Media control has been a key part of Vladimir Putin’s exercise of power. Recently, however, the repression of freedom of expression has taken both a quantitative and a qualitative turn for the worse. The political leadership now perceives independent media as a threat in itself, and is applying comprehensive control over media outlets and even individual journalists.

In particular, declarations about the media and journalists being ʻforeign agentsʼ have increased sharply. Such repression drives journalists and the media to leave the country. Internet-enabled journalism from exile has duly become an important part of independent media.

The growing importance of the internet, largely connected to Western platforms, and the diminishing role of state-run television in the face of multiple popular grievances, are key reasons for the regimeʼs accelerated repression.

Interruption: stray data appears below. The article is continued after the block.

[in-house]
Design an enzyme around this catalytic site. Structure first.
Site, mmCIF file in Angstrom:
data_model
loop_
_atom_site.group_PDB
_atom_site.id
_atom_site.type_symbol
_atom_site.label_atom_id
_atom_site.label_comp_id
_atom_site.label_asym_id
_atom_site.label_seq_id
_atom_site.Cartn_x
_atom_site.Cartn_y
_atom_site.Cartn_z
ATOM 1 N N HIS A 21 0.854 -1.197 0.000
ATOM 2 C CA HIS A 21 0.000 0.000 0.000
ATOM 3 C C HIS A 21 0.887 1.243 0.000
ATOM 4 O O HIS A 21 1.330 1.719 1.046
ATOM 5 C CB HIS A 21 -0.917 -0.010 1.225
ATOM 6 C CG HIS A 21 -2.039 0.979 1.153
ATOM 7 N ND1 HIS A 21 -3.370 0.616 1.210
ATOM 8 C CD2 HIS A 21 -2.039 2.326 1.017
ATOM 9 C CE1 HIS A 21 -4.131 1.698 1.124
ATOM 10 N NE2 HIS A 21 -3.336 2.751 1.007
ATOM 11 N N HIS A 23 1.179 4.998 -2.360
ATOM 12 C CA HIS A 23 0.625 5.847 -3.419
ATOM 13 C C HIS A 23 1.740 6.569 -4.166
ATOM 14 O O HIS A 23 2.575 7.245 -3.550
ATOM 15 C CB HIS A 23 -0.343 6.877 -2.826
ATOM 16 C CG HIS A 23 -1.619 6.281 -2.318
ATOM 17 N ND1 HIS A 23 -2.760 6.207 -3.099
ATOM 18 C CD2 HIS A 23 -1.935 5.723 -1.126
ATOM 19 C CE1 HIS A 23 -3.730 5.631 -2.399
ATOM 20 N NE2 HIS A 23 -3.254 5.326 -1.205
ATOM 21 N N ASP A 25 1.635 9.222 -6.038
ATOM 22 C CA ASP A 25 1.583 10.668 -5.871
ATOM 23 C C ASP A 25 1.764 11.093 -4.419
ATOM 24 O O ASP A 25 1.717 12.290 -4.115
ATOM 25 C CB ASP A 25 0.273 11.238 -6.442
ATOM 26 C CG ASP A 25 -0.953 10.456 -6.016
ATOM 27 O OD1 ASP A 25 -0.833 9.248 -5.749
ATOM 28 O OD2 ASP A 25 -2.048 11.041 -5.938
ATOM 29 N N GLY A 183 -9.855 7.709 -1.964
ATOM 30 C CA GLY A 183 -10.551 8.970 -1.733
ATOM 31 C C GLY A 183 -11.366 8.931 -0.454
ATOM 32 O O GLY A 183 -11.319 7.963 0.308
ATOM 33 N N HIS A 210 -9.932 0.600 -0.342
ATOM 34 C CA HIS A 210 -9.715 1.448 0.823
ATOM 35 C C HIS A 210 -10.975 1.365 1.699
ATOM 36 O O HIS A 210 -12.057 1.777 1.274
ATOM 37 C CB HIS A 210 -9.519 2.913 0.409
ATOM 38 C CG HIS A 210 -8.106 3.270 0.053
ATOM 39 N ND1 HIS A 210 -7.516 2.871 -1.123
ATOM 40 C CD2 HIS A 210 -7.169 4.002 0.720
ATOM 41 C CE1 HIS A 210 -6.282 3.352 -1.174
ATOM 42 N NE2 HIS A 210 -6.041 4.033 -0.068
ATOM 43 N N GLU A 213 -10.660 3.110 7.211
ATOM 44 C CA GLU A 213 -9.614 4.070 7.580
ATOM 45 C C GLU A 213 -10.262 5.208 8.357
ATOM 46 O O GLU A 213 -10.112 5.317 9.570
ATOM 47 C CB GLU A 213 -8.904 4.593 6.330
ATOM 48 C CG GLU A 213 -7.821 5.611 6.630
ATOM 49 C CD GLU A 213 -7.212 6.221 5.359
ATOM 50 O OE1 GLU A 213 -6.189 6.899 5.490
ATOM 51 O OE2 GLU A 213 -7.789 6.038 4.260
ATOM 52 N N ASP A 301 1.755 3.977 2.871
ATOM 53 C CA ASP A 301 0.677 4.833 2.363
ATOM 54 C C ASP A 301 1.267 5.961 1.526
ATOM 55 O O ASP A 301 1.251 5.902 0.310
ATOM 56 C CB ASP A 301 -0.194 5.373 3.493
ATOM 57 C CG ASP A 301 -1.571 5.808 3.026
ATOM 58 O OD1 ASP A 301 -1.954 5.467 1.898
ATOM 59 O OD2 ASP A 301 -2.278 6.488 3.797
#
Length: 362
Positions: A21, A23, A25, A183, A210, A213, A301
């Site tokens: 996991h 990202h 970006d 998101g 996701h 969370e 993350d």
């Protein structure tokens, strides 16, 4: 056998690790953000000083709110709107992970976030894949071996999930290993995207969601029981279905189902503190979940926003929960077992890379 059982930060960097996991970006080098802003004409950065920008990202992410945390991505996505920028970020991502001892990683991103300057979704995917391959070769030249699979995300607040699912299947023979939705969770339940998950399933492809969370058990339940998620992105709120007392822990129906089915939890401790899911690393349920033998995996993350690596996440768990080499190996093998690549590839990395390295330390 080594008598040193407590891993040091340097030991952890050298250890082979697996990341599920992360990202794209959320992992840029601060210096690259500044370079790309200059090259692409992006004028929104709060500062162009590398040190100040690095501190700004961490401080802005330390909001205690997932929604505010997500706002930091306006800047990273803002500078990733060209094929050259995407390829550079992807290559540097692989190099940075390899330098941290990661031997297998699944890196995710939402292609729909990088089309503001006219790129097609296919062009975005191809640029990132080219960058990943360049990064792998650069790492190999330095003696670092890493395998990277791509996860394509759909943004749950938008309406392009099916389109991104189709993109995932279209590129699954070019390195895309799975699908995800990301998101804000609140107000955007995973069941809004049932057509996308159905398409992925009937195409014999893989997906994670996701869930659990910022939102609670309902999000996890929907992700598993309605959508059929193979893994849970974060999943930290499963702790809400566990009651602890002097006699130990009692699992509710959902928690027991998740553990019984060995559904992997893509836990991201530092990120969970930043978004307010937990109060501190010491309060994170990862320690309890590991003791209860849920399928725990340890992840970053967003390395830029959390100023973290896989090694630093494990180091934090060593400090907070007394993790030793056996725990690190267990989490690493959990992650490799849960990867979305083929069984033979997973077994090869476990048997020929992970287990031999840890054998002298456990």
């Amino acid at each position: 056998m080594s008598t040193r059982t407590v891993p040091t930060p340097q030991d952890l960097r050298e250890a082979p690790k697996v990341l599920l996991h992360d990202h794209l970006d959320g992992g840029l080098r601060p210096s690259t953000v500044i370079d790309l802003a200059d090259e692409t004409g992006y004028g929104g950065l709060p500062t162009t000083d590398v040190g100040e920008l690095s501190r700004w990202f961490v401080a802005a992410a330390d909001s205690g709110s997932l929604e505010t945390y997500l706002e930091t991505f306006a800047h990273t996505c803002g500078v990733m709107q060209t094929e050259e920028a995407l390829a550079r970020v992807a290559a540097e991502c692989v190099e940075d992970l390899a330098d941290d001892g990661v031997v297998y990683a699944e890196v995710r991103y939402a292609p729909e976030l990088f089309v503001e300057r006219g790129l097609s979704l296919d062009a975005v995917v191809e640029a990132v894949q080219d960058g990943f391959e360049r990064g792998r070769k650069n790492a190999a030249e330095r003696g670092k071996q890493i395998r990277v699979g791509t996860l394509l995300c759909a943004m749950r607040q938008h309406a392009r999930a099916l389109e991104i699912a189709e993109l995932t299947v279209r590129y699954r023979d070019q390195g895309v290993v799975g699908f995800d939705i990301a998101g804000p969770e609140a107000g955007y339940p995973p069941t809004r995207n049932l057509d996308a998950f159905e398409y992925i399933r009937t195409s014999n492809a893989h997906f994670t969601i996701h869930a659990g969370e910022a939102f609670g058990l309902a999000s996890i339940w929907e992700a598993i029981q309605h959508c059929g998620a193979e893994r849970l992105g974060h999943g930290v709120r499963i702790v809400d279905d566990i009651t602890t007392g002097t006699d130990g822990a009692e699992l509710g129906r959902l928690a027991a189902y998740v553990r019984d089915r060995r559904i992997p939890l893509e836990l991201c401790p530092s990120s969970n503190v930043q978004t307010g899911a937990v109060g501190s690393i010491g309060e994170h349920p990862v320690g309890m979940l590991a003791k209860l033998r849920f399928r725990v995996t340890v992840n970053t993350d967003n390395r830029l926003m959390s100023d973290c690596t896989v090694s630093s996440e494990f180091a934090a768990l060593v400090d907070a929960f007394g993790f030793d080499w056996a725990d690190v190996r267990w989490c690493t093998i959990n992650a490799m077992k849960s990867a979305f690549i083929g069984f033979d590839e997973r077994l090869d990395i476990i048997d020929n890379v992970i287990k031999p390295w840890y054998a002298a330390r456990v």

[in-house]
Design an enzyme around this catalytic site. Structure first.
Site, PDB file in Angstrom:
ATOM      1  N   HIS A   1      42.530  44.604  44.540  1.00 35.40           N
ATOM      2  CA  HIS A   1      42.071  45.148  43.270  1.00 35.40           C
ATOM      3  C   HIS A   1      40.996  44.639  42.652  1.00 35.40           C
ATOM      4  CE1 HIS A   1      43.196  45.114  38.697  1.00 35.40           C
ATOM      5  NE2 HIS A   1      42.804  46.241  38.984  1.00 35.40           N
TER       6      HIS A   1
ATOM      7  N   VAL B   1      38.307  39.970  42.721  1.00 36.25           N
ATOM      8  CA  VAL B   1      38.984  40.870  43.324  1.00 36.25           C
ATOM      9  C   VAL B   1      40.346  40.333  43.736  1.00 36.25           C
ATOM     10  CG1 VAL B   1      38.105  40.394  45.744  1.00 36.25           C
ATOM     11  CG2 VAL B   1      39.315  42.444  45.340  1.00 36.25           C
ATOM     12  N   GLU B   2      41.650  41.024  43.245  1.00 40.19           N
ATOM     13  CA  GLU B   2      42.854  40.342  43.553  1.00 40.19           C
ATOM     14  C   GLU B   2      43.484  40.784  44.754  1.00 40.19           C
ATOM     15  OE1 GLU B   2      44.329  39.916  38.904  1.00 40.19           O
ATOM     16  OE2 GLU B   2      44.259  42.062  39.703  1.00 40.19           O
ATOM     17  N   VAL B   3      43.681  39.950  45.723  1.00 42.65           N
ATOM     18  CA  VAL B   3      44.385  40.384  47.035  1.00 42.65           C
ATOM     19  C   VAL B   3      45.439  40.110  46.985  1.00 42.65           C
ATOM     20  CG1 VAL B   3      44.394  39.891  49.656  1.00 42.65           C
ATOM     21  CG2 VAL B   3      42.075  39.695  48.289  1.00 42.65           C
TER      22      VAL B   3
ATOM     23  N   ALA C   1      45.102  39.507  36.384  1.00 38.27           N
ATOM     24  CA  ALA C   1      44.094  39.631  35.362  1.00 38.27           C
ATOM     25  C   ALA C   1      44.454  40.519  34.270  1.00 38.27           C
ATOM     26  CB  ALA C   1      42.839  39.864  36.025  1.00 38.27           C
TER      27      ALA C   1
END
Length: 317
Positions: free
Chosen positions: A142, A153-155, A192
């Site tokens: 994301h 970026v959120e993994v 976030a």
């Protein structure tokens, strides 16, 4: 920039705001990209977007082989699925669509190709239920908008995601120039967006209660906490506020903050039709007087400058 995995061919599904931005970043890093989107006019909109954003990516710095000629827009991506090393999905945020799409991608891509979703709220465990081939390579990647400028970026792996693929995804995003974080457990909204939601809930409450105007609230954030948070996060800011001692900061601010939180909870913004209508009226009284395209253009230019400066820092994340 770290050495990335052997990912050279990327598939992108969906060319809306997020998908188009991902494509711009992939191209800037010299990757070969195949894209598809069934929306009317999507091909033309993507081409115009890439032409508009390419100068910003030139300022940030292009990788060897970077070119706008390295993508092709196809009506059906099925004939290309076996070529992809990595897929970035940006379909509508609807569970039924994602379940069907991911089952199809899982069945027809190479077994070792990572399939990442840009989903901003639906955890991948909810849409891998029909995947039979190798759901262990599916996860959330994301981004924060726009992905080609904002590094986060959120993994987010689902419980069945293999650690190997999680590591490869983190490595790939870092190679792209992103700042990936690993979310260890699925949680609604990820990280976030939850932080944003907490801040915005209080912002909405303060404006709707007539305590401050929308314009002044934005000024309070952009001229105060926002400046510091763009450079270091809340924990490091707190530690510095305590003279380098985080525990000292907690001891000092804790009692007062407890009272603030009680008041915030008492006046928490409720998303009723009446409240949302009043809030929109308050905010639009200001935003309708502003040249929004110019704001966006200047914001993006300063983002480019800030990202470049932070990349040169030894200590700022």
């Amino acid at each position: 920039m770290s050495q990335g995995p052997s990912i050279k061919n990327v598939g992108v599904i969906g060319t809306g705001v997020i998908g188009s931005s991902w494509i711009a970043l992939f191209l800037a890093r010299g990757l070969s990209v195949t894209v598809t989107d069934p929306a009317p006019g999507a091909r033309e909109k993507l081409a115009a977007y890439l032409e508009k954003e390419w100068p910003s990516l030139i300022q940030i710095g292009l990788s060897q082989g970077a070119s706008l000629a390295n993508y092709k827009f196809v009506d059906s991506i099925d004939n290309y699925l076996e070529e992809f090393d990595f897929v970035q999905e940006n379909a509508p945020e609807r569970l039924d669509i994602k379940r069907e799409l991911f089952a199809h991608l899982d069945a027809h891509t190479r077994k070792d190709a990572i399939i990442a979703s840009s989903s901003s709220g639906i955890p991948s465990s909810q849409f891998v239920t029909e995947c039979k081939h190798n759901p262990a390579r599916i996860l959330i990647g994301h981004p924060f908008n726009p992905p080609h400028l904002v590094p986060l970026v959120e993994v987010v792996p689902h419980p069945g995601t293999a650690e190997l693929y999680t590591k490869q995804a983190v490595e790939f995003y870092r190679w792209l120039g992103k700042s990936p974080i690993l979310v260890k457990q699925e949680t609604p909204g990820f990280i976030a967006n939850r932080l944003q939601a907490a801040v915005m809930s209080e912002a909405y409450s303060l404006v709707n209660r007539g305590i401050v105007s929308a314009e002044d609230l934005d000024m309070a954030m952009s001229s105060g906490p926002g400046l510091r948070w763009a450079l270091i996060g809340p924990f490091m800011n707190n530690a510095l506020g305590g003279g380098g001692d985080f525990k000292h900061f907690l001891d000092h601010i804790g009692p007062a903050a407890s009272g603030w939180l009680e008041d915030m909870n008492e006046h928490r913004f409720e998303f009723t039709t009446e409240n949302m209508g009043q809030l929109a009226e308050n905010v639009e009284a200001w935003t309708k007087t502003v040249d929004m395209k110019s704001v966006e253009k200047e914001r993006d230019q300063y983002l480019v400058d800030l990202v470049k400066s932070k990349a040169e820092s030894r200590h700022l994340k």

Under these difficult circumstances, the readiness of internet giants to censor political content on the basis of their commercial interests further restricts the information space in Russia, and therefore needs to be resisted.

Veera Laine
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